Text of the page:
• In line with the Government initiative of ease of doing business, the Union Cabinet has given its approval for delegating the powers to Minister of Petroleum and Natural Gas and Finance Minister to award the Blocks/Contract Areas to successful bidders under Hydrocarbon Exploration and Licensing Policy (HELP) after International Competitive Bidding (ICB) based on the recommendations of Empowered Committee of Secretaries (ECS).
=> Significance of this move
• Under HELP, Blocks are to be awarded twice in a year. Therefore, this delegation of powers will expedite the decision making process on awarding blocks and give a boost to the initiative of ease of doing business.
=> About Hydrocarbon Exploration and Licensing Policy (HELP)
• Government of India launched a new policy regime for Exploration & Production (E&P) sector namely Hydrocarbon Exploration and Licensing Policy (HELP) in 2016 which is paradigm shift from earlier policy regime.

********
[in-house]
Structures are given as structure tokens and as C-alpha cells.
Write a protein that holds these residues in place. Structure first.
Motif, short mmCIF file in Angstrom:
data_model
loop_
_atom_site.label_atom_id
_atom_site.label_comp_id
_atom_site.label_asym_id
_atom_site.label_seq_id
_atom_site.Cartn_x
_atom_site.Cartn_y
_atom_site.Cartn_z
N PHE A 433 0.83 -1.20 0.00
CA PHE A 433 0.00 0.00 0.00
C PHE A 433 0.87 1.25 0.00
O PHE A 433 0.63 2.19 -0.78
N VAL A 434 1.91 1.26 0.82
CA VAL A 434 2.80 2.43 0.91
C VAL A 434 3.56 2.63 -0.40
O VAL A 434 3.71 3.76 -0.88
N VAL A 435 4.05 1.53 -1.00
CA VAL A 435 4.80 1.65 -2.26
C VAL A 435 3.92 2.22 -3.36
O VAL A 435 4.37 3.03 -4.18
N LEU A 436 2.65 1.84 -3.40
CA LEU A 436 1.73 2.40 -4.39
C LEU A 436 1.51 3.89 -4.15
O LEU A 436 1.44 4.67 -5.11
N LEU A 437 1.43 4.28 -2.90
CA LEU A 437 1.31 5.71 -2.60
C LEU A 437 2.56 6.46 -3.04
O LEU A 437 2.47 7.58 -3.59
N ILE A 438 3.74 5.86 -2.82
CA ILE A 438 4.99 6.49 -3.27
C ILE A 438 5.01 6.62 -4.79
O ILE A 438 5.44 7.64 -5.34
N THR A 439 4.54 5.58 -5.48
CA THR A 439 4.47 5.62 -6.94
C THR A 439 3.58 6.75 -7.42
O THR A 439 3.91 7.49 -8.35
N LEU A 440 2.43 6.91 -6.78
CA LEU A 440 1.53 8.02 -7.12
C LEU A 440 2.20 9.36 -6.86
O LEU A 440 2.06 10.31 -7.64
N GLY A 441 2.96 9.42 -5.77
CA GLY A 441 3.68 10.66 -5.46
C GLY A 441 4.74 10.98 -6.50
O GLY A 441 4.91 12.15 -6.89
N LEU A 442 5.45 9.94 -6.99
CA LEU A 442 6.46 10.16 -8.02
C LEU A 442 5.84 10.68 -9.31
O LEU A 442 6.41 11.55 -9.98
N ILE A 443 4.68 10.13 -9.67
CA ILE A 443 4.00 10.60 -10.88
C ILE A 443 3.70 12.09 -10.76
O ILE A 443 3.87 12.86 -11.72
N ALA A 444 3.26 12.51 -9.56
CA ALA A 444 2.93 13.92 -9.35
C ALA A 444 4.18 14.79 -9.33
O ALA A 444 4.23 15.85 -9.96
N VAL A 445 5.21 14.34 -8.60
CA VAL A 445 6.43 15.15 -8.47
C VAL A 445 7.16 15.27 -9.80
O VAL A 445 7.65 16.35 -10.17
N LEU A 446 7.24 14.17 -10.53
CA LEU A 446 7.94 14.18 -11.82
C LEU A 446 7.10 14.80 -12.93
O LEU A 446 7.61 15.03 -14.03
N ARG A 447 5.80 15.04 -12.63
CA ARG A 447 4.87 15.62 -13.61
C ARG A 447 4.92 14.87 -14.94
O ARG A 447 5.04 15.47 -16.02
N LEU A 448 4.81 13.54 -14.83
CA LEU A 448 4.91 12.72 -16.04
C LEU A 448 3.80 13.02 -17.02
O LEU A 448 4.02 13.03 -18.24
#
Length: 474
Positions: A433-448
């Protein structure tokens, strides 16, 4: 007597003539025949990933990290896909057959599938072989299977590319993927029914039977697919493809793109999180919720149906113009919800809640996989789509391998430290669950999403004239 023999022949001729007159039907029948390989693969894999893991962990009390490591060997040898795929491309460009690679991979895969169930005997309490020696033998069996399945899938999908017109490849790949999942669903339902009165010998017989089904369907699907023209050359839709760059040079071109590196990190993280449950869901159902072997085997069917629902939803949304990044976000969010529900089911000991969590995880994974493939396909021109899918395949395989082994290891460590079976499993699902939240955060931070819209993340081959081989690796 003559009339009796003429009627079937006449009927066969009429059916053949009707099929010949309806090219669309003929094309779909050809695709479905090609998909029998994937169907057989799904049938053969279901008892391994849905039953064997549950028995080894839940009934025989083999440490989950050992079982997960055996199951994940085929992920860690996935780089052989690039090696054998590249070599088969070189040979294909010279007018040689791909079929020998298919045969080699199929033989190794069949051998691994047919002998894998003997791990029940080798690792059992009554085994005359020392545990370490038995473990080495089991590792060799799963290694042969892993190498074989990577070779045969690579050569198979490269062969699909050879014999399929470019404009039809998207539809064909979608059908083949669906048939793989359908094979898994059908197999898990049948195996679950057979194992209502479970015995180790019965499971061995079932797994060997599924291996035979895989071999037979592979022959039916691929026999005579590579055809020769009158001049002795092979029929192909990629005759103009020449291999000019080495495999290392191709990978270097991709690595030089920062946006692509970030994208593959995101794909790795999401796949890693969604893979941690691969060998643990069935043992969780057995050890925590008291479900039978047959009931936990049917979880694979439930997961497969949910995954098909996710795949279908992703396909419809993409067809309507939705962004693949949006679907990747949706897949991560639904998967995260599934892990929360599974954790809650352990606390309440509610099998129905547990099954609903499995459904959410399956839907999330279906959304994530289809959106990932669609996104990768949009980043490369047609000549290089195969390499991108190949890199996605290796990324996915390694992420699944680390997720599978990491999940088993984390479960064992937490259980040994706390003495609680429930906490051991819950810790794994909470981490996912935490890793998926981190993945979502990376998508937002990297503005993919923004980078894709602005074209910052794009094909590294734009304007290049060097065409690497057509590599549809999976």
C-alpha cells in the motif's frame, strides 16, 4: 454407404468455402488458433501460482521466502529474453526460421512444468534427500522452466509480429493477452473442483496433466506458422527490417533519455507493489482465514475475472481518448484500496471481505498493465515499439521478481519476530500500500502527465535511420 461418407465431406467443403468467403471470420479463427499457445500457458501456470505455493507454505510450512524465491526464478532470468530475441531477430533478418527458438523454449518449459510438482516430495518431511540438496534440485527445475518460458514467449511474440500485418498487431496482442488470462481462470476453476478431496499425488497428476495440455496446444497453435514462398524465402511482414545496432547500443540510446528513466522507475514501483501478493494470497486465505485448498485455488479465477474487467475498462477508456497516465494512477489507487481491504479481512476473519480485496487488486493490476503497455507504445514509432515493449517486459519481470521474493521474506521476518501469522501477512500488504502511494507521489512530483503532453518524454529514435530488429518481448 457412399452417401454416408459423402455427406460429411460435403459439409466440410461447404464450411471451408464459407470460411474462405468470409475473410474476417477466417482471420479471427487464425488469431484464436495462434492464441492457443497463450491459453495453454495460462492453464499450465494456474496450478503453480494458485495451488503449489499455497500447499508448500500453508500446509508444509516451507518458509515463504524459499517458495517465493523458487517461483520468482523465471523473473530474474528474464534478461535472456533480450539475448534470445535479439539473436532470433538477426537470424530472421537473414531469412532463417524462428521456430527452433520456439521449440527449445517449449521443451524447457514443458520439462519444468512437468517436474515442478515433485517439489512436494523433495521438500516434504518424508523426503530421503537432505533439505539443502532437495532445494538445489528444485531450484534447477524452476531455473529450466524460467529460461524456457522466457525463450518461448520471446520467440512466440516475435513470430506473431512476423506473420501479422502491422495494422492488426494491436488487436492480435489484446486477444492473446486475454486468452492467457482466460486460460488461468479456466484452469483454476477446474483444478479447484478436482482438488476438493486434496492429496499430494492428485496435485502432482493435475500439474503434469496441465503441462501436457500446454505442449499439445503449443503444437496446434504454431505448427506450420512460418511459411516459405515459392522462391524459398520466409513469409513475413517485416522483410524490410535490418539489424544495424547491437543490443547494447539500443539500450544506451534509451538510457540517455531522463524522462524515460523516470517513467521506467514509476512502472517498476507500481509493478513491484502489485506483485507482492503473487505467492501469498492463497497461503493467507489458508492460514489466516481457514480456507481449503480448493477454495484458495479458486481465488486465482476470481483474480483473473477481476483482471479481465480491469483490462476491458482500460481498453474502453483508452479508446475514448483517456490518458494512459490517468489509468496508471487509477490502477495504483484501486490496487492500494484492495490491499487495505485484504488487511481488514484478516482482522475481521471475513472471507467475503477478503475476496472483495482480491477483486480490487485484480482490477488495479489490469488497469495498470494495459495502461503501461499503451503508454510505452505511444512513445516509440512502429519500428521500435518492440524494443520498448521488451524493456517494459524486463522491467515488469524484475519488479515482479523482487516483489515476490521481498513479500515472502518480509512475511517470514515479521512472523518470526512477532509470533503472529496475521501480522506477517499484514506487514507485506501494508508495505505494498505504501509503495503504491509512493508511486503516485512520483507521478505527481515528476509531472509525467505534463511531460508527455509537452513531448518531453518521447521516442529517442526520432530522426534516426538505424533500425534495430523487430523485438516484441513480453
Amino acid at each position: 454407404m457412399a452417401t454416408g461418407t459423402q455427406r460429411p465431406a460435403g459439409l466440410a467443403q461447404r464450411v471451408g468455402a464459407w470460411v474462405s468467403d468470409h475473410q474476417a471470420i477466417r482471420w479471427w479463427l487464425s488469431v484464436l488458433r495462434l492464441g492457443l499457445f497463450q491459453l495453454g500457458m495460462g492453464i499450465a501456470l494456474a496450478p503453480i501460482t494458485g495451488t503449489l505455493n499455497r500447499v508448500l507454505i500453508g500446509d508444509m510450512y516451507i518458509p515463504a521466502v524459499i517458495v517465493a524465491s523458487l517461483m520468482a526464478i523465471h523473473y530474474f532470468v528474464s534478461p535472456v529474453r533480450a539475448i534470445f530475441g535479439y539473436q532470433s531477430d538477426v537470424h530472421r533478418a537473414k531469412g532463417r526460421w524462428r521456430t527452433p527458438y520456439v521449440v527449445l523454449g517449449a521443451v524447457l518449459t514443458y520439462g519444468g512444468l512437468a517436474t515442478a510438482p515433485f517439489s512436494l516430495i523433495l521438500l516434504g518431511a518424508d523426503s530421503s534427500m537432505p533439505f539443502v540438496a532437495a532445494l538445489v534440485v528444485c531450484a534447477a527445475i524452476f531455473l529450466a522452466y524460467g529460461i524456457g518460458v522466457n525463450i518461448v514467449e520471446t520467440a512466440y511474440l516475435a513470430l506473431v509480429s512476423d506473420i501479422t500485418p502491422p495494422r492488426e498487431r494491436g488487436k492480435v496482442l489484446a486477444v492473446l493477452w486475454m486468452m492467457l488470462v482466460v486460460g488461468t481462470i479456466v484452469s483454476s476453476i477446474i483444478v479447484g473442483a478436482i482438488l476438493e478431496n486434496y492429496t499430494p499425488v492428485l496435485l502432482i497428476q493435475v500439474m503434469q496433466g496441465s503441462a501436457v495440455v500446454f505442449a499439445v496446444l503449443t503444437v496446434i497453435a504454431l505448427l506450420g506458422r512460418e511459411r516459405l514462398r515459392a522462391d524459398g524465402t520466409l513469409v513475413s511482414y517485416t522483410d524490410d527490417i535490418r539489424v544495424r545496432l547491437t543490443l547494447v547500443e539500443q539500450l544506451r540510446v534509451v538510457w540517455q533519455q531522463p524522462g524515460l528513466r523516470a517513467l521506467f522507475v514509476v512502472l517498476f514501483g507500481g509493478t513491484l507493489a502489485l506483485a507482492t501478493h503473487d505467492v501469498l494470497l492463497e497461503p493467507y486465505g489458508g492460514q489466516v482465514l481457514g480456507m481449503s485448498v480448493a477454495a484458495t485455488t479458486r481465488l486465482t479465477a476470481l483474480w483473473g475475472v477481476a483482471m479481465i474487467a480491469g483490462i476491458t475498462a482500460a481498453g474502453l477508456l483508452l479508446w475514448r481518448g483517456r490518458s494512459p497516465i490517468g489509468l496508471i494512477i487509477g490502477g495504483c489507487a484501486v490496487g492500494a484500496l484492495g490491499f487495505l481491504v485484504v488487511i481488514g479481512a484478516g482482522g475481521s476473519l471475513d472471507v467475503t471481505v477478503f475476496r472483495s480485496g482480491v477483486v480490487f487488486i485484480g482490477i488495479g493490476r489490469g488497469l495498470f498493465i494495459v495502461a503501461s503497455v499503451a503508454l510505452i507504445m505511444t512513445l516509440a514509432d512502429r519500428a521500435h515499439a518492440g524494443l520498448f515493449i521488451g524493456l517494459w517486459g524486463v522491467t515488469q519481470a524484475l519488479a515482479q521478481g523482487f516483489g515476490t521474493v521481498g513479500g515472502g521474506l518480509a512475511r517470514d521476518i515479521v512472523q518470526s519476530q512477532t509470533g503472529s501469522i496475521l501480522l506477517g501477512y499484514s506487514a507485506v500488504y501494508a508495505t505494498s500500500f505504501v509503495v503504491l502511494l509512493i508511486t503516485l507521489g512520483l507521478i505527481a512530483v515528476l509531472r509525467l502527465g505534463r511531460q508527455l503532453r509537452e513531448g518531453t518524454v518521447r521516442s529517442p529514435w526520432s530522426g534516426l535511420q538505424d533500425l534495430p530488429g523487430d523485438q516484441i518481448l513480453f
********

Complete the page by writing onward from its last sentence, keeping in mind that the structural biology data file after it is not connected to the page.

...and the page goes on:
• The main features of new Policy regime are Revenue Sharing Contract, single Licence for exploration and production of conventional as well as unconventional Hydrocarbon resources, marketing & pricing freedom, etc.
• Open Acreage Licensing Policy (OALP) under HELP, is main innovative feature wherein investor can carve out Blocks of their own interest and submit an Expression of Interest (Eol) throughout the year. Based on the areas for which expression of interest has been expressed bidding will be conducted every 6 months.
=> Need for HELP
• India is the 3rd largest consumer of crude oil and petroleum products with oil and gas contributing 34.4% to primary energy consumption.
• In 2015-2016, India’s crude oil import dependence rose to 81% from 78.5%. In last five years, India has seen overall decline in exploration and production of conventional resources.
• New Exploration Licensing Policy (NELP) created in 1997 ended the state dominance and created a competitive environment leading to liberalization of oil and gas exploration and production industry. However, it failed to keep the momentum of production growth and attracting the foreign investment.
• Bureaucratic hurdles like multiple approvals and sanctions, cost overruns, and disputes led to some oil majors leaving their awarded blocks and exit from the space.